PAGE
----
Time to Worry about your Software Supply Chain?
Software has become crucial to every industry. Yet ensuring the software system you are buying or licensing is authentic and free from defect or malware is a challenge. The QA procedure in old-school manufacturing is to test a random set of newly delivered widgets for their compliance with approved specifications. But you can’t really take the same simple approach with software.
Vendors deliver – and update – software on an ongoing basis, making it difficult to know when to test. And because a software system may contain millions of lines of code, it’s hard to know how to test and exactly what to test for. Then there’s the significant question of how much control a supplier can truly exert on whom and what contributes to a product’s development.
Recent Threat History
This brings up the challenge of bad actors. Over the past few years, as organizations have continued to harden their defenses, some hackers have moved upstream and found ways to inject malware into products prior to their distribution to customers.
In 2015, software security company Kaspersky Lab discovered what it believed was a state-sponsored, advanced attack on its own internal networks. While the intent of the hack seems to have been spying, it could have led to malware injection. That is precisely what happened the same year to an event log application used by enterprise Windows system administrators. In that case, Trojan malware led to a sophisticated supply chain operation, named “Kingslayer,” which RSA Research reported on in 2017.
The potential impact of Kingslayer was extensive. According to RSA, organizations that had subscribed to the event log portal included: four major telecom providers; five major defense contractors; more than 10 western military organizations; and dozens of Fortune 500 companies, IT product manufacturers, government organizations, banks, financial organizations and higher education institutions.
Bad actors pressed ahead in 2017, which the National Counterintelligence and Security Center recently called a watershed year in terms of awareness of software supply chain infiltration. Cases that made the news in 2017 include a backdoor attack on CCleaner, a PC cleaning and optimization tool; a hit on the PyPI (Python Package Index) repository; and an attack on a tax accounting app that sent NotPetya ransomware to banks, airports and power companies in Ukraine, Russia and parts of Europe.
On the Radar, the Vetting Process
The attack on Python is especially significant. If a programming language itself can be corrupted, then the impact downstream could be tremendous. And while awareness is growing, it is not yet where it needs to be.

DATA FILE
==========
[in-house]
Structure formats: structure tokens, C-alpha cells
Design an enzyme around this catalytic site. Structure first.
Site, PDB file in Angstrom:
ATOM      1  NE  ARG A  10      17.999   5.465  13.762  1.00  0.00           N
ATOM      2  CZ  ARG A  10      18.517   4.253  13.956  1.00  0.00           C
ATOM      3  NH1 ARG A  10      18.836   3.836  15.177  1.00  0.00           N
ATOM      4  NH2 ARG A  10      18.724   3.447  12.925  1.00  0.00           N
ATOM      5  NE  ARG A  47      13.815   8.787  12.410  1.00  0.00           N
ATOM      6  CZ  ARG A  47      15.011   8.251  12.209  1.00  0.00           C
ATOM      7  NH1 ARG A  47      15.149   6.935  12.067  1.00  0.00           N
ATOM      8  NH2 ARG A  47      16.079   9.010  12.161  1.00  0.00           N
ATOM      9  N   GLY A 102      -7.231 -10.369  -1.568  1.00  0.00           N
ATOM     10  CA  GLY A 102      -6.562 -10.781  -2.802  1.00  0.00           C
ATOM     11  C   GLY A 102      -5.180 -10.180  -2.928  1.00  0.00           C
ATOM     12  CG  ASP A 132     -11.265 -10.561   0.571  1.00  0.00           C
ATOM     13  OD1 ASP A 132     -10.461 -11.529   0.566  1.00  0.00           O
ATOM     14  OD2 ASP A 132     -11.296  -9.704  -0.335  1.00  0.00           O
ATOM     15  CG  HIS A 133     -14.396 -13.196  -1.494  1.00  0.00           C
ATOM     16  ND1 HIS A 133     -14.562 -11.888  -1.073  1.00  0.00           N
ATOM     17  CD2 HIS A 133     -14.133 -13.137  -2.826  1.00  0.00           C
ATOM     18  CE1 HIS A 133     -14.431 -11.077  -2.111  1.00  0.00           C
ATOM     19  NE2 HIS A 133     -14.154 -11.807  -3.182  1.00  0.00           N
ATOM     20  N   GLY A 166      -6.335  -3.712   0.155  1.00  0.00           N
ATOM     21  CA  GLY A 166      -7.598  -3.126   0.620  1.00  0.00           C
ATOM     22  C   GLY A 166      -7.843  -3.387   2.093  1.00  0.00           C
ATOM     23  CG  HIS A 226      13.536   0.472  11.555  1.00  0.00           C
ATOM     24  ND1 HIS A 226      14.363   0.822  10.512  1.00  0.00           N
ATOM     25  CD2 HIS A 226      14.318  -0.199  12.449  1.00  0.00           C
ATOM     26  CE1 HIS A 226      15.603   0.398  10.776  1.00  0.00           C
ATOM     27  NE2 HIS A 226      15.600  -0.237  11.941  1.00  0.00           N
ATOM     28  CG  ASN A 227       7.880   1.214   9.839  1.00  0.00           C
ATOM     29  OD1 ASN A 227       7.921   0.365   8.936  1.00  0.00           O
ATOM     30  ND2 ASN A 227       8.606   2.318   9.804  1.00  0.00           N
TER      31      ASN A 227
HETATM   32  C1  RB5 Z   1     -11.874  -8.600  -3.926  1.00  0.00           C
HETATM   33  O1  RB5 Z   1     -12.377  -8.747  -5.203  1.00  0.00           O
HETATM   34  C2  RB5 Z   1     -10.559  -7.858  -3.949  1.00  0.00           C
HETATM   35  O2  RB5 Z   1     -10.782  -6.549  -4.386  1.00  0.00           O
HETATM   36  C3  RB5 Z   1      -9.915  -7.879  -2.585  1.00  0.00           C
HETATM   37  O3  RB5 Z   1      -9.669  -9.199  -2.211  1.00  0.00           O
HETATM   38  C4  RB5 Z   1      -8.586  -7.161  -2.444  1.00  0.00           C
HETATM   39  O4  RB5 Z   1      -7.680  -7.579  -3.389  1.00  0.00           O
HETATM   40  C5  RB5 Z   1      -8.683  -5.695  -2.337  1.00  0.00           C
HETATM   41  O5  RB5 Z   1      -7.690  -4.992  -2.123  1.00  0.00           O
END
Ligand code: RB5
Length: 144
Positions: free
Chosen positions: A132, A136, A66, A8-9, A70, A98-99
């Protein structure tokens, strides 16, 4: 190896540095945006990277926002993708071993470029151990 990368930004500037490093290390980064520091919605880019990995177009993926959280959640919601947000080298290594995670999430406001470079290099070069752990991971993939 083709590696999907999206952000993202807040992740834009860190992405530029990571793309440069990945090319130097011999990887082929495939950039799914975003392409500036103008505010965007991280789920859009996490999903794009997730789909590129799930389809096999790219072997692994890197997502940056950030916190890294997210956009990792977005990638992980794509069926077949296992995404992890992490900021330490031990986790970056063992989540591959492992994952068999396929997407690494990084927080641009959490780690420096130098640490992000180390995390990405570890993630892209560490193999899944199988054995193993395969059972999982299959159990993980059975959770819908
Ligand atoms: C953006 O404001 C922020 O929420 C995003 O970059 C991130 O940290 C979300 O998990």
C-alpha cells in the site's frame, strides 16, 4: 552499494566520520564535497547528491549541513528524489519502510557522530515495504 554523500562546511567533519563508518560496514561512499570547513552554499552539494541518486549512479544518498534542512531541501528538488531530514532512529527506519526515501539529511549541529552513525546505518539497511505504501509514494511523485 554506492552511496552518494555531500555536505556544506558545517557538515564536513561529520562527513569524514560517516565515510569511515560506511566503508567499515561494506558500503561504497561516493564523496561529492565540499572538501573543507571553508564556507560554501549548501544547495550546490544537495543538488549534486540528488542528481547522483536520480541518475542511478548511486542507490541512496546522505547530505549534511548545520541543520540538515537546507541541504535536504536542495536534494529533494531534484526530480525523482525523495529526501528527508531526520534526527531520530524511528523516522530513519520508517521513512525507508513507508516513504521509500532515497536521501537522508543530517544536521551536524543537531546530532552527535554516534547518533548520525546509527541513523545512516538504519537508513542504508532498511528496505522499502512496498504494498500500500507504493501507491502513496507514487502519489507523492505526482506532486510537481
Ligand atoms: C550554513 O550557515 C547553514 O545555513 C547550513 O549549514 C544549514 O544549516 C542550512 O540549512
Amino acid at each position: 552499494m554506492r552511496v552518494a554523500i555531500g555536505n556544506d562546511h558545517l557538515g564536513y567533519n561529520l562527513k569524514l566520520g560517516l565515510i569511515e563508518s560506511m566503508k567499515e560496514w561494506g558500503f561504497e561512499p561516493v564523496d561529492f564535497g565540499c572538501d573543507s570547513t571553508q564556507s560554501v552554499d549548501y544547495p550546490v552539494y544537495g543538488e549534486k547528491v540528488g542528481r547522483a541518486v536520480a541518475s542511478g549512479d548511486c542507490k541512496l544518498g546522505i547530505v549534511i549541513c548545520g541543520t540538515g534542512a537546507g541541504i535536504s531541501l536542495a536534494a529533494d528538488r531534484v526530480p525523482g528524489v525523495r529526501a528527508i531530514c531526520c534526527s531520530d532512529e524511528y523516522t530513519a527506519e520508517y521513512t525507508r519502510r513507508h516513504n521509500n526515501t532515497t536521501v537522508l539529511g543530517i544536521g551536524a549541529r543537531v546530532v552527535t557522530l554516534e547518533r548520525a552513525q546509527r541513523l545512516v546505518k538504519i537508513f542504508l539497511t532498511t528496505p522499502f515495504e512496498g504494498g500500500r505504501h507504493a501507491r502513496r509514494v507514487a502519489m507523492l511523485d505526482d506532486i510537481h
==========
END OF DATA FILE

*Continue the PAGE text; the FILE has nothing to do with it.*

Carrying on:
In interviews conducted earlier this year with 1,300 senior IT decision makers and security pros sponsored by CrowdStrike, VansonBourne found six topics that outranked supply chain attacks, namely: general malware, phishing, password attacks, ransomware, advanced targeted attacks and denial of service. At the same time, supply chain is on the radar of these IT leaders, as 79 percent agreed with the statement: “I believe that software supply chain attacks have the potential to become one of the biggest cyber threats to organizations like mine within the next three years.”
So what’s a sourcing exec to do? As I wrote in this ComputerWorld article on SaaS security, enterprise users can try and gauge a provider’s security profile and test their “good citizenship.” For instance, ensure that they follow relevant best practices, such as those promoted by the Open Web Application Security Project (OWASP) or the Web Application Security Forum Consortium.
But can you actually inspect a software company’s own sources? That’s hard to do, and not high on anyone’s agenda. The IT leaders interviewed by VansonBourne ranked “a supplier’s relationship with their suppliers” at the bottom of the vetting process. One alternative is to work with a trusted managed services provider.
Don’t Forget the Basics
Meanwhile, with software supply chain attacks costing an average $1.1 million per attack globally, according to VansonBourne, it makes a lot of sense to simply strengthen your overall cybersecurity posture. In a related article in the NTT Security Global Threat Intelligence Center (GTIC) monthly report for August, Senior NTT Security Analyst Danika Blessman makes three basic recommendations:
- “Ensure your organization has a comprehensive, defense-in-depth security strategy in place as threats morph from one to another.
- Ensure you include your supply chain in your security strategy, holding your vendors to the same security standard you hold your own organization.
- Implement threat intelligence to help your organization understand and mitigate a variety of threats.”
As a sourcing expert, you’re no stranger to supply chain management. When adding software to the mix, pay special attention to Blessman’s second point, which is kind of a golden rule for IT security: Hold your vendors to the same standards you maintain yourself.